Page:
Unformatted text preview: Skull Sutures • Immovable joints • Form boundaries between skull bones • Five sutures – Coronal – Sagittal – Lambdoid – Squamous – Frontonasal Contains several cavities • Cranial cavity • Orbit • Nasal cavity • Buccal cavity • Paranasal sinuses • Innerear cavities Cranial Cavity • Anterior cranial fossa • Middle cranial fossa • Fosterior cranial fossa Paranasal Sinuses Cranial Bones • • • • • • 1frontal 2 parietal 2 temporal 1 occipital 1 sphenoid 1 ethmoid Frontal Bone • Extends from the supra orbital margin to the coronal suture Frontal Bone Gabella smooth area of the frontal bone
Margin is perforated by the supraorbital foramen or (supraorbital notch) Parietal Bone • Bordered by 4 sutures Parietal Bone – Sagittal – Coronal – Lambdoid – squamous • Temporal Lines – superior and inferior • attachment for the temporalis muscle, a chewing muscle that passes between the zygomatic arch and temporal bone and inserts on the mandible temporal lines Sagittal suture Lambdoid suture Superior suture line Inferior suture line Thickenings that form an arch across the parietal and frontal bones. • Superior and inferior suture lilnes mark the attachment of the large fan shaped temporalis muscles (chewing muscle) Occipital Bone Temporal Bone Four Parts of the Temporal Bone 1. Squamous part has two prominent features – Zygomatic process which forms part of the zygomatic arc (cheekbone) – Mandibular fossa • Mandibular (glenoid) fossa a depression where the mandible articulates with the cranium Mandibular or Glenoid Fossa Mastoid process Four Parts of theTemporal Bone 2. Tympanic part a small ring of bone that borders the external acoustic meatus – Styloid process a pointed spine on its inferior surface • Provides attachment for muscles of the tongue, pharynx, and hyoid bone Four Parts of theTemporal Bone 3. Mastoid part – Mastoid process prominent lump behind the earlobe • • Filled with ear sinuses that communicate with the middle ear cavity Can become infected (mastoiditis) and possible spread to the brain Four Parts of theTemporal Bone 4. Petrous part resembles a little mountain range separating the middle cranial fossa from the posterior fossa – Houses the middle and inner ear cavities – Internal acoustic meatus allows passage of the vestibulocochlear verve (hearing and balance) – Carotid canal passes the internal carotid artery – Jugular foramen fromed by the temporal bone and the occipital bone and passes the internal jugular vein Carotid Canal Jugular Foramen Mastoid air cells Hypoglossal canal Foramen magnum Occipital Bone • Basilar part – foramen magnum – occipital condyle – hypoglossal canal – Venous sinus grooves – external occipital protuberance attaches the nuchal ligament that binds the skull to the vertebral column – Superior nuchal line identifies the superior part of the neck and provides attachment to the skull for several neck and back muscles. – Inferior nuchal line provides attachment for the deep neck muscles Venous sinus grooves Sphenoid Bone Sphenoid Bone • Lesser wing – forms the posterior wall of the orbit – contains the optic foramen (optic nerve and ophthalmic artery) – anterior clinoid process guard the optic foramen – superior orbital fissure nerves for muscles of eye movement • Body – sella turcica • has deep pit that called the hypophyseal fossa which houses the pituitary gland • turberculum sellae anterior raised margin • dorsum sellae posterior margin • covered by fibrous membrane and has a stalk that penetrates the membrane and that connects the pituitary to the hypothalamus Sella turcica Sphenoid Bone • Greater wing – foramen rotundum branch of trigeminal – foramen ovale branch of trigeminal – foramen spinosum artery to the meninges – foramen lacerum filled with cartilage, no vessels are nerves transmitted – Pterygoid plates (medial and lateral) provide attachment for jaw muscles • Sphenoid sinuses anterior clinoid process optic foramen turberculum sellae foramen rotundum foramen ovale foramen spinosum sella turcica dorsum sellae Ethmoid Bone Ethmoid Bone Ethmoid Bone • located between the orbital cavities and forms the roof of the nasal cavity • perpendicular plate inferior projection that divides the nasal cavity into right and left nasal fossae • nasal conchae (turbinate bones) superior and middle project into the nasal cavity – are covered with the mucous membrane – superior conchae contain receptors for the sense of smell Ethmoid Bone • Inferior nasal conchae is a separate bone extending into the nasal cavity Ethmoid Bone • Crista galli midsaggital crest that serves as an attachment for meninges • Cribriform plate horizontal shelf with numerous perforations that allow nerve fibers for smell to pass from the nasal cavity to the brain Facial Bones • bones that have no direct contact with the brain or meminges • total of 14 bones – 2 maxillae – 2 palatine bones – 2 zygomatic bones – 2 lacrimal bones – 2 nasal bones – 2 inferior nasal conchae – 1 vomer – 1 mandible Maxillae • Upper jaw • alveolar process points of maxillary bone that project between spaces of the teeth • alveolus teeth sockets • infraorbital foramen receives sensations from the nasal and and cheek that emerges through the foramen rotundum into the cranial cavity Maxillae • forms part of the orbit where it exhibits a gash called the inferior orbital fissure – provides passage for blood vessels and nerves of eye muscles •palatine process forms the anterior roof of mouth (hard palate) and floor of nasal cavity Palatine Bones • forms the posterior hard palate, part of the floor of the orbit, and part of the wall of the nasal cavity Palatine Bone Forms part of the floor of the orbit and hard palate Zygomatic Bone • forms the angle of the cheeks • frontal process part of the lateral wall of the orbit • zygomaticofacial foramen • Temporal process Lacrimal Bone • part of the medial wall of the orbit • lacrimal fossa houses the lacrimal sac – tears from the membranous sac drain into the nasal cavity Vomer • forms the anterior half of the nasal septum Nasal Septum • Consist of – perpendicular plate of the ethmoid bone – Vomer – Septal cartilage Mandible • strongest bone of the skull and the only one that can move • supports teeth and provides attachment for the muscles of mastication and facial expression • mental foramen passage of blood vessels and nerves of the chin • mandibular foramen nerve and blood vessel that supplies the lower teeth • condyloid process • mandibular condyle • coronoid process • temporomandibular joint (TMJ) 1. Ramus of the mandible 2. Mandibular angle 3. Body of the mandible 1. Mandibular notch 2. Mandibular condyle 3. Mandibular foramen 4. Coronoid process 5. Alveolar margin 6. Mental foramen Auditory Ossicles Hyoid Bone • does not articulate with any other bone • suspended from the styloid process of the skull by the small stylohyoid muscle and stylohyoid ligament • serves as attachment of several muscles that control the mandible, tongue, and larynx • fractured hyoid bone can be used as evidence of strangulation 1. Greater horns 2. Lesser horns 3. Body Anterior Cranial Fossa Frontal Lobe Middle Cranial Fossa Temporal Lobe Posterior Cranial Fossa Cerebellum posterior anterior Cat humerus, radius and ulna 1. head 2. lesser tuberosity 3. greater tuberosity 4. bicipital groove 5. deltoid tuberosity 6. supracondyloid foramen 7. medial epicondyle 8. lateral epicondyle 9. supracondyloid ridge 10. olecranon fossa 11. capitulum 12. trochlea 13. coronoid fossa 14. radial fossa 15. shaft 16. neck 17. bicipital tuberosity 18. styloid process 19. ulnar notch 20. olecranon 21. semilunar notch 22. coronoid process 23. radial notch Cat humerus, radius and ulna 1. head 2. lesser tuberosity 3. greater tuberosity 4. bicipital groove 5. deltoid tuberosity 6. supracondyloid foramen 7. medial epicondyle 8. lateral epicondyle 9. supracondyloid ridge 10. olecranon fossa 11. capitulum 12. trochlea 13. coronoid fossa 14. radial fossa 15. shaft 16. neck 17. bicipital tuberosity 18. styloid process 19. ulnar notch 20. olecranon 21. semilunar notch 22. coronoid process 23. radial notch ...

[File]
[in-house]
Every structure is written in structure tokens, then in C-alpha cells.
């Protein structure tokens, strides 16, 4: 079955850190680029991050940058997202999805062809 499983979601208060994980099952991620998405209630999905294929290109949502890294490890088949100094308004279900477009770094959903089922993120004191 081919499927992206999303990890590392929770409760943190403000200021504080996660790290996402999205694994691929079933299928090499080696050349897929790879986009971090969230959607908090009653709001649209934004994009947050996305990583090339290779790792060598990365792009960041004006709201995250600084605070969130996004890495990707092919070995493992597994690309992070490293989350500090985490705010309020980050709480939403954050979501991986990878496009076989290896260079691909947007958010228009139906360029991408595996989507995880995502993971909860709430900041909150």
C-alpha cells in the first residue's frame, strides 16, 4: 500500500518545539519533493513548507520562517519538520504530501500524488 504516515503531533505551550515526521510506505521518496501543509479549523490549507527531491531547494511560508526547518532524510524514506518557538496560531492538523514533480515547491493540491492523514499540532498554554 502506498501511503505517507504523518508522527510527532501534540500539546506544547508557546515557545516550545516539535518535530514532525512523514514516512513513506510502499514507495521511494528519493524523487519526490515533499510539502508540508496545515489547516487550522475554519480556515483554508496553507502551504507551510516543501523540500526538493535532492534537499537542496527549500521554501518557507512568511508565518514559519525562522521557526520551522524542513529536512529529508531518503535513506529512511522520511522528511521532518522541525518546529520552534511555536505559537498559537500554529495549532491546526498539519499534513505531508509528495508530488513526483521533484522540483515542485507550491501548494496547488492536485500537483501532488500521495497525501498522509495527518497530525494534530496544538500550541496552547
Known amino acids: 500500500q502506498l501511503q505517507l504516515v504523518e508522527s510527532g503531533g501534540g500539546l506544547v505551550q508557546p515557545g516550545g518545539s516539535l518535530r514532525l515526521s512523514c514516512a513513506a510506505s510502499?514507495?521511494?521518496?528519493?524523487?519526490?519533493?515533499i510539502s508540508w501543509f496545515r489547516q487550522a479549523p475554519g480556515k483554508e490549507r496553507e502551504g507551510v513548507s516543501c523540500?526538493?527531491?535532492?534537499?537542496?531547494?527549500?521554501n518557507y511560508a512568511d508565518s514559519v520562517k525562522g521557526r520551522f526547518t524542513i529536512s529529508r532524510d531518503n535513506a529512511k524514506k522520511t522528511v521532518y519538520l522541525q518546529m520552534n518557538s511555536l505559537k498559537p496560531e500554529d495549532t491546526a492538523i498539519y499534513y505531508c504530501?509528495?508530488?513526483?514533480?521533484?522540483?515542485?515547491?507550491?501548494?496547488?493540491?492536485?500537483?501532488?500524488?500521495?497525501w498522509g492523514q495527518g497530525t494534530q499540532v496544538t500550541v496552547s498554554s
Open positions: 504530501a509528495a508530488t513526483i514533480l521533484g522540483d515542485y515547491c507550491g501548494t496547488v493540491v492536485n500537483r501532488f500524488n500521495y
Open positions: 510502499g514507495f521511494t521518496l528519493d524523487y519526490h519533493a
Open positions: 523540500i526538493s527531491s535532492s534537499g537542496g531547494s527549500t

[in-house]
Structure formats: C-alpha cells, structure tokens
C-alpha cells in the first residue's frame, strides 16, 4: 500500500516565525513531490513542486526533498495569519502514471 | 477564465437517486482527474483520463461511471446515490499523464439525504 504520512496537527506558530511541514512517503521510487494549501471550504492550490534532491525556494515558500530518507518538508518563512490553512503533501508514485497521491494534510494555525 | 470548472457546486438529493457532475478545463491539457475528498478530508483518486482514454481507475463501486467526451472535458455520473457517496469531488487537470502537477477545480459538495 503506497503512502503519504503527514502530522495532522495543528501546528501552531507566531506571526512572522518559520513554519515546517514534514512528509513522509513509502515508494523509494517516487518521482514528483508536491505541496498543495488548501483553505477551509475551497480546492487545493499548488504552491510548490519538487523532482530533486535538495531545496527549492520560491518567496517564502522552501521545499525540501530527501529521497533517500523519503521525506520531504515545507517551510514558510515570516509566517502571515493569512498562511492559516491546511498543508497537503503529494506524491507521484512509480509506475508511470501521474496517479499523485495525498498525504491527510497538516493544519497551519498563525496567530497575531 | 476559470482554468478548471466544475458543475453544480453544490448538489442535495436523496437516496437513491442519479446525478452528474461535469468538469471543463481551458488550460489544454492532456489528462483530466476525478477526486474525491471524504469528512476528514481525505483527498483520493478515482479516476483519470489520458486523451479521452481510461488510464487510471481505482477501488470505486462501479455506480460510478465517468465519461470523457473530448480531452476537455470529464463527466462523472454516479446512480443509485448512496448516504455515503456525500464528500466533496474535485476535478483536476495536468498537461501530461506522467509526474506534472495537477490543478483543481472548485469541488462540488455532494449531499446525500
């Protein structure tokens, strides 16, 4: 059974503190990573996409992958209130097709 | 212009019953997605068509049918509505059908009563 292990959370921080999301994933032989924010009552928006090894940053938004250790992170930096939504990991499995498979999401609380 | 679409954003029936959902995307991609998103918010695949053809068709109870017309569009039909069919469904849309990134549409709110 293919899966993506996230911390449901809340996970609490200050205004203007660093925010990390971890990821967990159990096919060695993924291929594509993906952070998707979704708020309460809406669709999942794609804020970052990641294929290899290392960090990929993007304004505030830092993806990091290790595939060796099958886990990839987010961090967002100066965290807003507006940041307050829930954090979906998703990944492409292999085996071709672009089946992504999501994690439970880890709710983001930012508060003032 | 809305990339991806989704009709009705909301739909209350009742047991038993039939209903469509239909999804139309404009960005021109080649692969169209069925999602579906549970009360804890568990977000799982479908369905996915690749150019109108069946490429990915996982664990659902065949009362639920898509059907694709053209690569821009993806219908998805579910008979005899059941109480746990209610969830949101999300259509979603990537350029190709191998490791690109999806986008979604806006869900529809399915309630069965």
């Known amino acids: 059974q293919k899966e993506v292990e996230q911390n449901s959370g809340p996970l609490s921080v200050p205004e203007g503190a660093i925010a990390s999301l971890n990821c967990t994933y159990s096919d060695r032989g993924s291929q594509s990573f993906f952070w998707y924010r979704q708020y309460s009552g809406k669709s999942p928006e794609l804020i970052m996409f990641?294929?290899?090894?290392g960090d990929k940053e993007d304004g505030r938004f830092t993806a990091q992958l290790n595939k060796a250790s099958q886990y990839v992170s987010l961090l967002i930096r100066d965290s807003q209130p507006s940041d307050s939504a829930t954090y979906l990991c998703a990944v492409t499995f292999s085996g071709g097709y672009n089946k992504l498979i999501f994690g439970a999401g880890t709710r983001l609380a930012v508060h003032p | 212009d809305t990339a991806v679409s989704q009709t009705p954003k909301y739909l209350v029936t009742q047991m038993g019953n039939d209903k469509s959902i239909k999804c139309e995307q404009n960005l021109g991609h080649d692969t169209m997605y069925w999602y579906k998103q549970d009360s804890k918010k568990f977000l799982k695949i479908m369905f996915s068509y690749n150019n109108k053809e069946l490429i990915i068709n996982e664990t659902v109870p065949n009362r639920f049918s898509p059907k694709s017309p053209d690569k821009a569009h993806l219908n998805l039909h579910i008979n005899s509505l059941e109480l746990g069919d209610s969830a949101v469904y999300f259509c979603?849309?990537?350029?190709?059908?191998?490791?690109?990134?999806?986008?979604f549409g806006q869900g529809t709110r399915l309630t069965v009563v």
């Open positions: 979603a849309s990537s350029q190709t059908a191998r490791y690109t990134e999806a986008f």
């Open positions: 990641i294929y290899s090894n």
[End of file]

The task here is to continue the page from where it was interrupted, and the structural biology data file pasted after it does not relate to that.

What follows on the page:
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This note was uploaded on 12/08/2011 for the course AMY 2A taught by Professor Jamesivey during the Spring '06 term at Riverside Community College.
- Spring '06